Now, obviously, there is certainly some hyperbole here. Jerusalem wasn’t left desolate in the days of John the Baptist. But, crowds were coming to see him! Picture thousands of people along the riverside. Picture scores and scores of people being baptized as they confessed their sins. And it wasn’t an easy trek out to see him. From Jerusalem to the Jordan river, it’s about 20 miles. Furthermore, there’s a drop in elevation, some 4,000 feet. It’s a hard day’s journey to get from Jerusalem to the Jordan river. And yet, they were coming from all around.
Now, this shouldn’t have surprised anyone. Before John was ever born, the angel told Zacharias, John’s father, "He will turn many of the sons of Israel back to the Lord their God" (Luke 1:16).
Why were they coming? What made John’s ministry so attractive? Was it his physical appearance? Look at verse 6, ...
John was clothed with camel's hair and wore a leather belt around his waist, and his diet was locusts and wild honey.
You might say, "Wow, that's strange!" I would tell you that it is strange. The fact that Mark mentions John's attire and diet demonstrates that he was a little different than everybody else. This wasn't the common dress and diet of the day. It was, however, the dress of a prophet (Zech. 13:4). In Hindu lands, the holy men walk around barefoot with orange garments. In Buddhist lands, the holy men walk around with reddish-purple garments. And in Israel, the holy men walked around with hairy garments and leather belts. This is what Elijah wore. In 2 Kings 1:8, we are told that Elijah was a "hairy man with a leather girdle bound around his loins."
The prophesies here in verses 2 and 3 refer to the forerunner of the Christ, which the Jews knew would be Elijah. At one point in the ministry of Jesus, he identified John the Baptist as Elijah, ...
They asked Him, saying, "Why is it that the scribes say that Elijah must come first?" And He said to them, "Elijah does first come and restore all things. And yet how is it written of the Son of Man that He will suffer many things and be treated with contempt? But I say to you that Elijah has indeed come, and they did to him whatever they wished, just as it is written of him."
How appropriate that John the Baptist would wear Elijah’s garments.
John didn’t have to live this way. His father, Zacharias, was a high-priest (Luke 1). His father was one of the top, ruling members in the Sanhedrin. He had ascended in his religion to a prominent position. Perhaps this didn't make him rich, but it certainly provided for him. His family wasn't so poor that this is all that they could afford for John was a bed sheet and a few grass-hoppers from the back yard.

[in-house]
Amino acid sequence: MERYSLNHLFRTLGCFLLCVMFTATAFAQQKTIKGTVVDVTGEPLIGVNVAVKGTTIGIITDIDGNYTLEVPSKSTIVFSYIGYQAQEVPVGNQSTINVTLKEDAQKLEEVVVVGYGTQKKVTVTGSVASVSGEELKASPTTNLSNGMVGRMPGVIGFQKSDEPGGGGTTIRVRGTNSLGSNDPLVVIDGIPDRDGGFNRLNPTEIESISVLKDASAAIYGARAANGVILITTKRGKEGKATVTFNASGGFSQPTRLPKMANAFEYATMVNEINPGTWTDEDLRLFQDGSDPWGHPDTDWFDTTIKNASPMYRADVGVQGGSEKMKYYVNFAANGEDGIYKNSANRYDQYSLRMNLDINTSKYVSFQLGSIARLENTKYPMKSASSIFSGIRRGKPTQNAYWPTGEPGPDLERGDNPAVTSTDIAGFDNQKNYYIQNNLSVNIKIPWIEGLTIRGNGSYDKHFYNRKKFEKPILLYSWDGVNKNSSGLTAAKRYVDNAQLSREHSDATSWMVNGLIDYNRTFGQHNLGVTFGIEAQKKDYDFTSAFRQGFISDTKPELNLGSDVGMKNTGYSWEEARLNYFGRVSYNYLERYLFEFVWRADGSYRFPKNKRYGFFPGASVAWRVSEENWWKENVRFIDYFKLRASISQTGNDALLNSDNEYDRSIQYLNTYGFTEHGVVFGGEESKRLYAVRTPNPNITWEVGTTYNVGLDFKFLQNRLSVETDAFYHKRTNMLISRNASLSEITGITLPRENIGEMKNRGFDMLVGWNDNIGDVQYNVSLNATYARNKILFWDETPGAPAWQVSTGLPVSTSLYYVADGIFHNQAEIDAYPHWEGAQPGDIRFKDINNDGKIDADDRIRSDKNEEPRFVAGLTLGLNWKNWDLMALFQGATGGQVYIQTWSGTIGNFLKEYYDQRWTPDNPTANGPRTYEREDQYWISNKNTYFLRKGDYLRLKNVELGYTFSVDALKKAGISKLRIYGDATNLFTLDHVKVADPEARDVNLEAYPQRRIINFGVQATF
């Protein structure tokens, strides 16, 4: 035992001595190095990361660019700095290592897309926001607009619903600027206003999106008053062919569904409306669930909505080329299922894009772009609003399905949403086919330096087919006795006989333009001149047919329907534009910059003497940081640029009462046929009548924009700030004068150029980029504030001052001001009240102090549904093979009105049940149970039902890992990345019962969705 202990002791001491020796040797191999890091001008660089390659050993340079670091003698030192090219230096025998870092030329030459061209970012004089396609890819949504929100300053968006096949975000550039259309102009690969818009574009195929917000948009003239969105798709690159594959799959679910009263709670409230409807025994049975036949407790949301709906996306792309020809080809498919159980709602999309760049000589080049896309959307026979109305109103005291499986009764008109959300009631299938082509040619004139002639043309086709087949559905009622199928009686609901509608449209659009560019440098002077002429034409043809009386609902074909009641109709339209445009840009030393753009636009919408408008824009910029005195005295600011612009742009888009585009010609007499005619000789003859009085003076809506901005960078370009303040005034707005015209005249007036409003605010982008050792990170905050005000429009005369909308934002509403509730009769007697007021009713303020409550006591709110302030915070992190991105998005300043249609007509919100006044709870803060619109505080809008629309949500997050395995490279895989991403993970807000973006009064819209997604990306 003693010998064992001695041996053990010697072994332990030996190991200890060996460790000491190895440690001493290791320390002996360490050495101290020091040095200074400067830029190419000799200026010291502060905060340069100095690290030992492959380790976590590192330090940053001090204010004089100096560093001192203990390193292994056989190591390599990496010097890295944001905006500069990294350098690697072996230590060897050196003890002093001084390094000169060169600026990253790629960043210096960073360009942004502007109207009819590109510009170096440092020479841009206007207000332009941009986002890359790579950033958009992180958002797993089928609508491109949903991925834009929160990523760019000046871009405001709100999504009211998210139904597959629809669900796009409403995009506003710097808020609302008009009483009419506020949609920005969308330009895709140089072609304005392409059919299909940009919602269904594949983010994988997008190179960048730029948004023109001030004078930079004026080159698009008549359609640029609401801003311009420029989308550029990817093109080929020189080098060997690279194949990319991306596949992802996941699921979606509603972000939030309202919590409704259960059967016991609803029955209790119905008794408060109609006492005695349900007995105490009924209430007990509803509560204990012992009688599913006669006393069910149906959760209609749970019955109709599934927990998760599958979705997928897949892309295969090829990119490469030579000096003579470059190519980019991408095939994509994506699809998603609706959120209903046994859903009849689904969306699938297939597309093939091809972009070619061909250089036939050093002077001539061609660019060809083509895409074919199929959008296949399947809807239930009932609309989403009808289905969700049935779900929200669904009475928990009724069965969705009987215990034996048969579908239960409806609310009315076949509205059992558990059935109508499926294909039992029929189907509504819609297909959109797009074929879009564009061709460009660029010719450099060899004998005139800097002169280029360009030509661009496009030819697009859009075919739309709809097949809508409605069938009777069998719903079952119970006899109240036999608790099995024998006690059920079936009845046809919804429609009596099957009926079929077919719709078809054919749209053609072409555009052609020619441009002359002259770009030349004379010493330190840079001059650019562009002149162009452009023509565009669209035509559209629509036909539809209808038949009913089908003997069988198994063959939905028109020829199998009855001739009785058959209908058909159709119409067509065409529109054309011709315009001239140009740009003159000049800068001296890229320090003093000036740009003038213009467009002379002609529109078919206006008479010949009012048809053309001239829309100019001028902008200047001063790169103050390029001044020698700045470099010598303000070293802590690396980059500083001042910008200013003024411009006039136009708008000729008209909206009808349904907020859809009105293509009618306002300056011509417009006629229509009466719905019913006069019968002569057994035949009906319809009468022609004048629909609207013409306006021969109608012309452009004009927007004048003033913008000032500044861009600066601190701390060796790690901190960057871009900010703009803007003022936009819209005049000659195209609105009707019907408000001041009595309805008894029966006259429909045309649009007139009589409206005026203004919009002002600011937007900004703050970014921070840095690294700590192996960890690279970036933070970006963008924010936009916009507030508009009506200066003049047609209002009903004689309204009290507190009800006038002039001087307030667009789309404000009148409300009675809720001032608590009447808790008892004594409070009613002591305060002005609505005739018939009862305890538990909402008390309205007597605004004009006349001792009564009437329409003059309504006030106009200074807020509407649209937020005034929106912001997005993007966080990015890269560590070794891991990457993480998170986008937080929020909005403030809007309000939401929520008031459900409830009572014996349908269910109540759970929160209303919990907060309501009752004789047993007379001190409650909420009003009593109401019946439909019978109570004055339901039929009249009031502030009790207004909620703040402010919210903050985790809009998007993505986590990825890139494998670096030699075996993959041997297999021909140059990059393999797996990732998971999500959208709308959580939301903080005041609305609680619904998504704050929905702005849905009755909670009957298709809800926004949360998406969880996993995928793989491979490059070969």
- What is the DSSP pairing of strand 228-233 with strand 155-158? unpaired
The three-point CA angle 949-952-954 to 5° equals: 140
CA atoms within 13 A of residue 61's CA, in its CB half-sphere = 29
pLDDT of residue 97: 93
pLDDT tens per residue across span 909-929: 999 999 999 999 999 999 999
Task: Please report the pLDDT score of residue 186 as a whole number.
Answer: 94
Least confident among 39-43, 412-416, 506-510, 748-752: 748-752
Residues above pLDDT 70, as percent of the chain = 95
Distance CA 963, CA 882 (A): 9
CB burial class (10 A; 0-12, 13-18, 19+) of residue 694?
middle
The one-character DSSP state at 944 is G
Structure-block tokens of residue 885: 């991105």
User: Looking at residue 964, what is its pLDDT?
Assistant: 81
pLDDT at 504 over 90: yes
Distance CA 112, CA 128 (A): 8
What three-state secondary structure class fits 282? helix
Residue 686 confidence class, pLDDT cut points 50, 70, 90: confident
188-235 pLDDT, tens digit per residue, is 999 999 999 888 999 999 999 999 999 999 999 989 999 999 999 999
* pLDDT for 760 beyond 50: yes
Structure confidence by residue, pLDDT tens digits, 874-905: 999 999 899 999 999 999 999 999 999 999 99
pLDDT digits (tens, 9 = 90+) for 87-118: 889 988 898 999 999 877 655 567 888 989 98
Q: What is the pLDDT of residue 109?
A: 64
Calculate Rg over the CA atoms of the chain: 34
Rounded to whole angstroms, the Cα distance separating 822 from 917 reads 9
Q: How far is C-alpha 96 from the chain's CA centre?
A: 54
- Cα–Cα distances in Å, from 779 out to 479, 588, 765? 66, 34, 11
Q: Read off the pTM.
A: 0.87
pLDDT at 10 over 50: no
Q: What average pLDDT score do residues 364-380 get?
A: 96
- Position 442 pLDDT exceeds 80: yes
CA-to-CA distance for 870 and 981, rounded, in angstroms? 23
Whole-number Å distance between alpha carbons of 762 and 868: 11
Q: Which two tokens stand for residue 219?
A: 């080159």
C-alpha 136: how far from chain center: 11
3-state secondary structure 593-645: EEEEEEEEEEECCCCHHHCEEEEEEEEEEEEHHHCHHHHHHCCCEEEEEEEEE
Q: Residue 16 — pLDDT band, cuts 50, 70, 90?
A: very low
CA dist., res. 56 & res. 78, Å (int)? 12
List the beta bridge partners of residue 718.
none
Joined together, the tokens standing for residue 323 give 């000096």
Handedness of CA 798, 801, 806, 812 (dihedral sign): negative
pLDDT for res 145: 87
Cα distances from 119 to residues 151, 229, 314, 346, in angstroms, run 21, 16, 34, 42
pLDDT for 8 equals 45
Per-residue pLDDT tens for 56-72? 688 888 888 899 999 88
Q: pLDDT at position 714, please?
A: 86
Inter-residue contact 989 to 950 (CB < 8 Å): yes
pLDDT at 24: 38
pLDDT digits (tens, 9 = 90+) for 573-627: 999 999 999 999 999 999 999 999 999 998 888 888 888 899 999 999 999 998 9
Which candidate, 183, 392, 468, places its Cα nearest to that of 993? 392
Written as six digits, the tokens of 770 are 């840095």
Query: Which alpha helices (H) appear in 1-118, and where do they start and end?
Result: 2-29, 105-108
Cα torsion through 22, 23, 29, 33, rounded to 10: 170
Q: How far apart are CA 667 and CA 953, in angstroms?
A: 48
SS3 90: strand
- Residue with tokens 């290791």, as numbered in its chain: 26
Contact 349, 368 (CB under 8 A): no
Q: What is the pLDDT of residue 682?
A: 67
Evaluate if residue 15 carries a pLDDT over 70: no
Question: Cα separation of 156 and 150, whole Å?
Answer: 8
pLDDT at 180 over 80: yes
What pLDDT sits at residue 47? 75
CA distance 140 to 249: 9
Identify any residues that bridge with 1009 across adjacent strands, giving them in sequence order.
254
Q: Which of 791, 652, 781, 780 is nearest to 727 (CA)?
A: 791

By dressing this way, John was intentionally living a life of humility and poverty. His clothing wasn't particularly comfortable. His food wasn't particularly tasty. This garment of camel's hair was a cheap cloth, which he simply wrapped around his body, and secured with a leather belt.
There is a subtle application here for us. The feel of our age is that in order to have a successful ministry, you need to be attractive to other people. You need to have an attractive personality. You need to have attractive buildings and have attractive programs. You need to put on an attractive worship service. Yet, the reality is that God will use the one whom He delights to use. Whether he is poor or rich; whether he is in the wilderness or in the city, God will accomplish His work in His way.
But there is something about a man who is passionate for God that will attract others because of his godliness, because of His love for the Lord, because he really believes what he says. And a man like that will do God’s work. You will attract people in the same way -- through godliness. And people saw that in John the Baptist. And people were attracted to that in John the Baptist.